Joseph H. Frisby was born in Birmingham, Warwick, England on May 15, 1850. His parents were William Frisby and Elizabeth Ruff.1 In 1864 he and his sisters Emily and Elizabeth moved to the USA and located in Coalville, Utah. The LDS church sent him in 1877 to help colonize Arizona. He and his wife Dicy Ann Frisby, whom he had married the year before, were some of the first settlers in Forest Dale, Arizona. In 1879 they moved to Show-Low and relocated in Taylor in 1888 and Snowflake in 1890. In Arizona, Frisby became a prominent farmer and sheep raiser. He also was justice of the peace in the Show-Low Precinct and recorder for Navajo County. His church callings in Arizona included high councilman and missionary in the eastern Arizona stakes. He served a mission in Great Britain from 1899 to 1890. In 1903 Frisby moved to Provo and soon became a well-known businessman.2
The 1905 municipal election found Frisby in the center of an internal community struggle that began decades earlier. For several years "West End" businessmen had promoted development along West Main Street (now 500 West) and West Center Street, the original heart of the downtown business area. Then in the 1870s and 1880s, the "East End" of downtown began to be built up along East Main Street (now University Avenue) and East Center Street. A court house, two railroad depots, and new businesses sprang up. The struggle came to a head in the late 1890s with a controversy over where to build a new railroad depot. Not only businessmen, but also politicians and church authorities became involved. In a talk before the Provo Rotary Club in 1970, Clayton Jenkins spoke about the battle.
"The bitter fight [over the depot's location] divided the town ... Every man who resided west of the ditch (commonly called the mill race) was regarded with suspicion by the East Siders and those residing in the West were prone to look at their eastern brethren as renegades and varmints of a low order."3
In 1905 this matter was the central issue in the mayor's race. The West Enders, led by businessman T. N. Taylor, captured the Republican convention and chose Joseph H. Frisby to be their nominee. The East Enders nominated incumbent Mayor William Roylance for re-election. Frisby won by a narrow margin and served as mayor in 1906 and 1907. However, no decision was made regarding the railroad depot during the Frisby administration. Charles Decker, who defeated Frisby in the 1907 election, was the mayor in 1908 when the city council finally approved a new depot at the intersection of Third West and Sixth South, the West Enders' choice. Construction began in 1910 and the new depot opened on January 1, 1911. Thus ended one of the stormiest episodes of Provo's history.4
Also during the Frisby administration, a new post office was constructed in 1906. The Provo City Library on the corner of 100 East and Center Street was built in 1907 with funds from Andrew Carnegie. Jesse Knight donated the land for the new library. It was remodeled in 1939 and in the late 1980s became an office building when the new library was built on West Center Street.5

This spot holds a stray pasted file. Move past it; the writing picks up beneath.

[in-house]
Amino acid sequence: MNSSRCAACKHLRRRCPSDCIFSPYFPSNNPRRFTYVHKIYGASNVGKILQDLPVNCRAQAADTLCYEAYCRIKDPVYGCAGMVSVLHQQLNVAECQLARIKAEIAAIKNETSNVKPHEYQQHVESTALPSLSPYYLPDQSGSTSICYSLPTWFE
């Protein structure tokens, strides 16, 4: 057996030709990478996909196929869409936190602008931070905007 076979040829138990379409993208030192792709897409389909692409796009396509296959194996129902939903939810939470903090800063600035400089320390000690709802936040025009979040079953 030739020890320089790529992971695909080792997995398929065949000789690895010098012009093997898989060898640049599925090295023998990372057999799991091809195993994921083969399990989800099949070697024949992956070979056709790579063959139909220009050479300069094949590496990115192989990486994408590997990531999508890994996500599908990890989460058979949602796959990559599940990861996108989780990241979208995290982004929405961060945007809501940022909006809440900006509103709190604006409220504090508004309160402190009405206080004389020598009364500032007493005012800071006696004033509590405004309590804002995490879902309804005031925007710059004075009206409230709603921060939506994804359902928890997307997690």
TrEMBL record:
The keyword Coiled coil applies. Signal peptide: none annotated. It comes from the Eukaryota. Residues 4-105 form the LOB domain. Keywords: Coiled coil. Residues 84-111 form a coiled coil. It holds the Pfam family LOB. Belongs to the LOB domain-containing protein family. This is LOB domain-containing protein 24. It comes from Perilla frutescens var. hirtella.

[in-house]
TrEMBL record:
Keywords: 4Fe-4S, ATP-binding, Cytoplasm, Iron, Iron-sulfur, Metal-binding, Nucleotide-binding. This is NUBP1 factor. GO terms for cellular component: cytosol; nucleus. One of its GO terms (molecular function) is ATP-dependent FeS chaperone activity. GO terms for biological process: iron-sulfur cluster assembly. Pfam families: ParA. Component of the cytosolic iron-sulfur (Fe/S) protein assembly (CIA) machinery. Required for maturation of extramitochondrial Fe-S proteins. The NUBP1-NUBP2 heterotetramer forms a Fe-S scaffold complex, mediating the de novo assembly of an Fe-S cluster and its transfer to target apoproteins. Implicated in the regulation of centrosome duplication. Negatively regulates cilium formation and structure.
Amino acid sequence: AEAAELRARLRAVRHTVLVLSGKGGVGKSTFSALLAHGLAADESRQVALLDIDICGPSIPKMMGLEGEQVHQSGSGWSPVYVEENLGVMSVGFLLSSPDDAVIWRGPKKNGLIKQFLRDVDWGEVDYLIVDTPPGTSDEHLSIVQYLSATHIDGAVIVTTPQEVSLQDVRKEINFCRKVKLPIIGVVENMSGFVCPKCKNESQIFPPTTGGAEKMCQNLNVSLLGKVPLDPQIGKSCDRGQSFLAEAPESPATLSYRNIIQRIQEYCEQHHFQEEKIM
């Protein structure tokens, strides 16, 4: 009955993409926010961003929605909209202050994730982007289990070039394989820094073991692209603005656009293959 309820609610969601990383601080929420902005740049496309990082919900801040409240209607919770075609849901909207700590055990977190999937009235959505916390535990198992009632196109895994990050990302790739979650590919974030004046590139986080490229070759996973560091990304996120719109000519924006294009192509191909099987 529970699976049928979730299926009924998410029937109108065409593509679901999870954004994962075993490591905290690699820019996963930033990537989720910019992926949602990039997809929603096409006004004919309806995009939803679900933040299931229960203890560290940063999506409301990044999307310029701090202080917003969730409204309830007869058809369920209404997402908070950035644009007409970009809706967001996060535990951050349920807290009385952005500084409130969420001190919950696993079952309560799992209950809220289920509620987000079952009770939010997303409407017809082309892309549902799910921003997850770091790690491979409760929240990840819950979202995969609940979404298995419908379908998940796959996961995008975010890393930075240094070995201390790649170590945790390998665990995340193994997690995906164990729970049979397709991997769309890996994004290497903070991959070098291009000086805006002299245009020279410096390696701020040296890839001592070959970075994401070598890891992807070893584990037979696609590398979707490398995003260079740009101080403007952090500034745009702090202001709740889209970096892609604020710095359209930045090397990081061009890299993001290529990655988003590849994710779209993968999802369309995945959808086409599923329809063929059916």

Frisby served on the high council of the Utah Stake for several years. When he died on November 30, 1915 in Provo, he was the justice of the peace. Services were held in the Provo Third Ward and he was buried in the City Cemetery on December 2, 1915. Frisby's wife died on November 6, 1915. Their survivors in 1915 included three sons and two daughters living in Provo and one son on a mission to Great Britain. Two other children had died earlier.6
Originally published in David M. Walden, Biographical Sketches of Former Mayors of Provo, Utah: A Report to the Provo Municipal Government, 1 Oct 1990, 56-58.
1 The Church of Jesus Christ of Latter-day Saints, comp., "Ancestral File," CD-ROM.
2 William M. Wilson, Pictorial Provo: An Illustrated Industrial Review of Provo, the Garden City of Utah ([Provo: The Commerical Club], 1910)
"Former Mayor J. H. Frisby Passes Away," Daily Herald, 2 Dec 1915, 1
"Mrs. J. H. Frisby Died Saturday Afternoon," Daily Herald, 8 Nov 1915, 1
3 John Clifton Moffit, The Story of Provo, Utah (Provo: Moffit, 1975) 279.
4 John Clifton Moffit, The Story of Provo, Utah (Provo: Moffit, 1975) 278-279
J. Marinus Jensen, History of Provo, Utah ([Provo: J. M. Jensen], 1924) 333-337.
That depot in southwestern Provo was destroyed in 1986. City officials are concerned with the lack of facilities for Amtrak passengers who stop in Provo. For more information, see Christi C. Evans, "Provo Struggles to Build Shelter for Train Travelers," Daily Herald, 21 Sep 1990, B1. In 2002 a new "depot" opened in Provo.
5 Owen Zuro, "Taylor Was Youngest Mayor of Provo; Commission Setup Inaugurated in 1912," Daily Herald, 5 October 1969, 2.
6 Ancestral File; "Former Mayor;" "Mrs. J.H. Frisby."